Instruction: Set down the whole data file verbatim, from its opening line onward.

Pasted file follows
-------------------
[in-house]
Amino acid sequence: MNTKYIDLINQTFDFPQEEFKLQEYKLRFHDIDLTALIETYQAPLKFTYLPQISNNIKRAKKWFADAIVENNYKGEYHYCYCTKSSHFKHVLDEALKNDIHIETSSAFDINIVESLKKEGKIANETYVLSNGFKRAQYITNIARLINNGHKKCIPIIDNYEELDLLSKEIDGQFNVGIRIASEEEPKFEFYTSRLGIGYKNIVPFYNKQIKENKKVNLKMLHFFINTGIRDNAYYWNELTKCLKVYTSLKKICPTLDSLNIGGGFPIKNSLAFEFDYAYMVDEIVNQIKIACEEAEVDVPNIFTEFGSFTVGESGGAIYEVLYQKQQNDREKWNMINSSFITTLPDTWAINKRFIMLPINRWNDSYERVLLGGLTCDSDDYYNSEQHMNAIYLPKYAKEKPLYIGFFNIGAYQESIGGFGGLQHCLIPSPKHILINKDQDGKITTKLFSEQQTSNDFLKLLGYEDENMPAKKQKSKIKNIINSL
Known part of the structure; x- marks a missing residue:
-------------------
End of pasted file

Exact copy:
[in-house]
Amino acid sequence: MNTKYIDLINQTFDFPQEEFKLQEYKLRFHDIDLTALIETYQAPLKFTYLPQISNNIKRAKKWFADAIVENNYKGEYHYCYCTKSSHFKHVLDEALKNDIHIETSSAFDINIVESLKKEGKIANETYVLSNGFKRAQYITNIARLINNGHKKCIPIIDNYEELDLLSKEIDGQFNVGIRIASEEEPKFEFYTSRLGIGYKNIVPFYNKQIKENKKVNLKMLHFFINTGIRDNAYYWNELTKCLKVYTSLKKICPTLDSLNIGGGFPIKNSLAFEFDYAYMVDEIVNQIKIACEEAEVDVPNIFTEFGSFTVGESGGAIYEVLYQKQQNDREKWNMINSSFITTLPDTWAINKRFIMLPINRWNDSYERVLLGGLTCDSDDYYNSEQHMNAIYLPKYAKEKPLYIGFFNIGAYQESIGGFGGLQHCLIPSPKHILINKDQDGKITTKLFSEQQTSNDFLKLLGYEDENMPAKKQKSKIKNIINSL
Known part of the structure; x- marks a missing residue: